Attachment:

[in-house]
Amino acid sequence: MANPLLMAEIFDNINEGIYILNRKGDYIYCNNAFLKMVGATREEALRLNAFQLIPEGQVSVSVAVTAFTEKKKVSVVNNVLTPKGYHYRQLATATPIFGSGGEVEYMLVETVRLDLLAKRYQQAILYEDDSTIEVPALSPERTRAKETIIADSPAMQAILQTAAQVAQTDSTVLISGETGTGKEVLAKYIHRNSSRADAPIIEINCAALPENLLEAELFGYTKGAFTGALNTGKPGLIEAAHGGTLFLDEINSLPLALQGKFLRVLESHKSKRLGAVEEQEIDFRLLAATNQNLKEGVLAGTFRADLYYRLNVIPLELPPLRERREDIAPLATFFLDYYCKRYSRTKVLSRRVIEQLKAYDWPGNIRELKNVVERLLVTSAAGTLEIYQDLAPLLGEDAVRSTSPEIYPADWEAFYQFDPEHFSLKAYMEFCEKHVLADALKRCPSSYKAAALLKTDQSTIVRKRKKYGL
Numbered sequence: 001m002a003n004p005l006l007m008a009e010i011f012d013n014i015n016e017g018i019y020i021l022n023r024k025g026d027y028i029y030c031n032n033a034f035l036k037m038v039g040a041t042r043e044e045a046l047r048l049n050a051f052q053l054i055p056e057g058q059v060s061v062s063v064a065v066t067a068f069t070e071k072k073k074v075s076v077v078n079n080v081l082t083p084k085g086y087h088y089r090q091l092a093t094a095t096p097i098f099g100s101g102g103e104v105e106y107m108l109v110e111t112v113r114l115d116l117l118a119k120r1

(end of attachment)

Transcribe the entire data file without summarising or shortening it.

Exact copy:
[in-house]
Amino acid sequence: MANPLLMAEIFDNINEGIYILNRKGDYIYCNNAFLKMVGATREEALRLNAFQLIPEGQVSVSVAVTAFTEKKKVSVVNNVLTPKGYHYRQLATATPIFGSGGEVEYMLVETVRLDLLAKRYQQAILYEDDSTIEVPALSPERTRAKETIIADSPAMQAILQTAAQVAQTDSTVLISGETGTGKEVLAKYIHRNSSRADAPIIEINCAALPENLLEAELFGYTKGAFTGALNTGKPGLIEAAHGGTLFLDEINSLPLALQGKFLRVLESHKSKRLGAVEEQEIDFRLLAATNQNLKEGVLAGTFRADLYYRLNVIPLELPPLRERREDIAPLATFFLDYYCKRYSRTKVLSRRVIEQLKAYDWPGNIRELKNVVERLLVTSAAGTLEIYQDLAPLLGEDAVRSTSPEIYPADWEAFYQFDPEHFSLKAYMEFCEKHVLADALKRCPSSYKAAALLKTDQSTIVRKRKKYGL
Numbered sequence: 001m002a003n004p005l006l007m008a009e010i011f012d013n014i015n016e017g018i019y020i021l022n023r024k025g026d027y028i029y030c031n032n033a034f035l036k037m038v039g040a041t042r043e044e045a046l047r048l049n050a051f052q053l054i055p056e057g058q059v060s061v062s063v064a065v066t067a068f069t070e071k072k073k074v075s076v077v078n079n080v081l082t083p084k085g086y087h088y089r090q091l092a093t094a095t096p097i098f099g100s101g102g103e104v105e106y107m108l109v110e111t112v113r114l115d116l117l118a119k120r1